The Los Angeles Lakers may be located just down the road from Hollywood, but the drama taking place down in El Segundo, the home of the Lakers’ front office, is the stuff befitting a primetime reality show.
From Magic Johnson’s bizarre and unexpected resignation to rumors of discontent surrounding LeBron James to the comical head coaching search and hiring, the Lakers of today are a far cry from the top-notch organization built by the late Dr. Jerry Buss.
Now, with rumors that Lakers “shadow owner” Linda Rambis (pictured above with Lakers controlling owner and president Jeanie Buss) and her husband Kurt are reportedly gaining power within organization and secretly running the team, and reports of Phil Jackson still somehow being involved in decision-making, minority owners of the team are reportedly getting fed up.
During his appearance on The Dan Patrick Show on Monday, long-time Los Angeles Times sports writer Bill Plaschke said, “There’s a lot of rumblings from the AEG’s of the world and some of the partners. I think they’re going to wait to see what happens this summer. But obviously, she’s never going to sell, herself.
“Don’t forget, she took over the team in a coup from her brothers. So the team can be taken over in a coup. I don’t see that happening until at least they see what happens this summer and see what happens next year.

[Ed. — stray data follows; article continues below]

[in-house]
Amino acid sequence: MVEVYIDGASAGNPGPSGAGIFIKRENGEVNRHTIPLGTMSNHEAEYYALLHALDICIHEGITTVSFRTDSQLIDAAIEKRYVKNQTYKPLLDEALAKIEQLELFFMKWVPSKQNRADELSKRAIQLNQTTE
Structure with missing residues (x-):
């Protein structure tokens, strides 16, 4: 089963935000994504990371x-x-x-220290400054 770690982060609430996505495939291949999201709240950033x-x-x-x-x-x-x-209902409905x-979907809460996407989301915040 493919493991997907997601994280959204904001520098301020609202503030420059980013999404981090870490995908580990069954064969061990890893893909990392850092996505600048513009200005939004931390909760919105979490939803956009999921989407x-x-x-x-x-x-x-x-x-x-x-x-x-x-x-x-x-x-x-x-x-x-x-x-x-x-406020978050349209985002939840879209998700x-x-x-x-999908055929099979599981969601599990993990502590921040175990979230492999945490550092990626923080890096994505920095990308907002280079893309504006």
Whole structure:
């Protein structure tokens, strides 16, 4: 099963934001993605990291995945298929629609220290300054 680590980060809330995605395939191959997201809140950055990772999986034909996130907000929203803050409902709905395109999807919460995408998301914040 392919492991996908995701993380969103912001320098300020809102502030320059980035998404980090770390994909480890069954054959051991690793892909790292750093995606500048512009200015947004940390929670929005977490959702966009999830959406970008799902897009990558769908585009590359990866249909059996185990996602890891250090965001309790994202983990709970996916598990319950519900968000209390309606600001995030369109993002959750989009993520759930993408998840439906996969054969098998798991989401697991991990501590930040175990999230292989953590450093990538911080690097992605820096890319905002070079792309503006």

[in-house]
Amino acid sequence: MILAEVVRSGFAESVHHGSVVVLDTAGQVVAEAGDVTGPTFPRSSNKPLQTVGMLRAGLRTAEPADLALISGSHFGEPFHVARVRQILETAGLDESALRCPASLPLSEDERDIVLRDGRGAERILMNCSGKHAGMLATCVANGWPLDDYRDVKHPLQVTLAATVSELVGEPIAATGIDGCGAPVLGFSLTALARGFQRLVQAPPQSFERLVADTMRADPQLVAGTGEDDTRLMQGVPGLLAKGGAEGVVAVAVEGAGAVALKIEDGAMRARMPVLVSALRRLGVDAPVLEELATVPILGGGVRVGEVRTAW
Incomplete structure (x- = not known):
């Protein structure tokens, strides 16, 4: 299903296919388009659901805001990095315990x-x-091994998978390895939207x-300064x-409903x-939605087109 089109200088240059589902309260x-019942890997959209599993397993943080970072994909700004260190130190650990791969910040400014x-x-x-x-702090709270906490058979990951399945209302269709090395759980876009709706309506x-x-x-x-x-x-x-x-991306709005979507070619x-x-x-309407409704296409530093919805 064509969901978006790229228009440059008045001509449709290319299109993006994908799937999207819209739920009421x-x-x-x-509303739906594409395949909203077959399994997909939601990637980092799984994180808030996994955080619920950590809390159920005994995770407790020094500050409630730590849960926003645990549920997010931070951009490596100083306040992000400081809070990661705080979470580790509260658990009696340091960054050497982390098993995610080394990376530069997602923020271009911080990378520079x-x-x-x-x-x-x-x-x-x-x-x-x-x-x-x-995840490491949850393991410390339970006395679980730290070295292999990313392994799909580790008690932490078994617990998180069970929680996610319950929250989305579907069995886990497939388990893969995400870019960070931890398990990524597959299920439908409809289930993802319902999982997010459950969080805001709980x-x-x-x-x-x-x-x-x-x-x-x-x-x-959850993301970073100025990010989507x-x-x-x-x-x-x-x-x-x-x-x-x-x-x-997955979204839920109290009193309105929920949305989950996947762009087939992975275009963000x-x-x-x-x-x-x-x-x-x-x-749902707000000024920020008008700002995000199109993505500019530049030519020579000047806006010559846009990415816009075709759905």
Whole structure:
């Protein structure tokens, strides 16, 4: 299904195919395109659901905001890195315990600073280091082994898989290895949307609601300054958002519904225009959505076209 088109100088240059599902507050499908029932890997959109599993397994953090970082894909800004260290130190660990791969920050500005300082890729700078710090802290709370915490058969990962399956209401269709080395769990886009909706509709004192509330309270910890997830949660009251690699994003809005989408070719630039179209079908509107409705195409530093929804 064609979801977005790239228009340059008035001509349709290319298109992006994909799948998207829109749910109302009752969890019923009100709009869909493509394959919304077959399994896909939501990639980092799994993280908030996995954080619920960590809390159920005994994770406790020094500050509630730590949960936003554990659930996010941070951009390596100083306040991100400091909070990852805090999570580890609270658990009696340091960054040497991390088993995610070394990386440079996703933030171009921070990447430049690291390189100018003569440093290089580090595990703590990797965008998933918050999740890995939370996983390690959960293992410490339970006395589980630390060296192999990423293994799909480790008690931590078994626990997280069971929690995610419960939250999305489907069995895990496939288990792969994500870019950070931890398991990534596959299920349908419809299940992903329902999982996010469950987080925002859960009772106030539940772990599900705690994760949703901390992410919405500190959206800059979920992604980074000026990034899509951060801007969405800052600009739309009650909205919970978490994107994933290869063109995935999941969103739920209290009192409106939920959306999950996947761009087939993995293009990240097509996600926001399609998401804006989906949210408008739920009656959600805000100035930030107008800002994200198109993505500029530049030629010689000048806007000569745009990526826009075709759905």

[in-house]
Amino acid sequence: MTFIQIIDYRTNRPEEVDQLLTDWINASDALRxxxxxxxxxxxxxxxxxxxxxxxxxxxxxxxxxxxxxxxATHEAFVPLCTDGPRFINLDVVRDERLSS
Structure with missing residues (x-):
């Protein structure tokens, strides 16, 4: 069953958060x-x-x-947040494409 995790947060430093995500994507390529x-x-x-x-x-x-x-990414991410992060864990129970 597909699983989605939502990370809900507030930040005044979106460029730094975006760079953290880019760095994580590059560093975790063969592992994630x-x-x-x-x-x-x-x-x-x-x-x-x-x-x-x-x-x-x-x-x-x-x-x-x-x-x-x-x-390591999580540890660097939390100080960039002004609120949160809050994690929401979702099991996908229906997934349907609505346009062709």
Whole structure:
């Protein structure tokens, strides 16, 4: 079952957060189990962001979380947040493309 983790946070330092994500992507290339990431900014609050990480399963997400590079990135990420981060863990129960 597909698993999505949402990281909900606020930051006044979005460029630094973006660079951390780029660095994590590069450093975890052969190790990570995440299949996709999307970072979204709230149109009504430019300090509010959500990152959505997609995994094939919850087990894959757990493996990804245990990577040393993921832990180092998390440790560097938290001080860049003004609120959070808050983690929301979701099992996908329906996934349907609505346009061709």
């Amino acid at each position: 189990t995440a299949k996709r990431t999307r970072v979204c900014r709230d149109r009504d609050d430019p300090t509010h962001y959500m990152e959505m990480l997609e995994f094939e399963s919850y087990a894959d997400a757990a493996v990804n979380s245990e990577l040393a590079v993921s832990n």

“People are upset. The real money-movers and shakers and money people, those are the people who are quietly protesting and they’re upset. She has this summer to figure this out and next season. And if they don’t make the playoffs again, I think that becomes a reality.”
The Buss Family currently owns 66 percent of the Lakers, but with minority owners like Philip Anschutz (owner of AEG, the world’s largest owner of sports teams, events, and venues; net worth: $11.1 billion), Edward P. Roski (part-owner of the Los Angeles Kings and a casino in Las Vegas; net worth: $5.8 billion), and Patrick Soon-Shiong (net worth: $9 billion), a coup is definitely a real possiblity should the business side of the Lakers start to suffer due to front office mismanagement.
“They’re making a ton of money, but the thought here is one more year of this nonsense and it’s gonna start to really affect the brand and affect the partners and affect the season ticket holders,” Plaschke told Dan Patrick.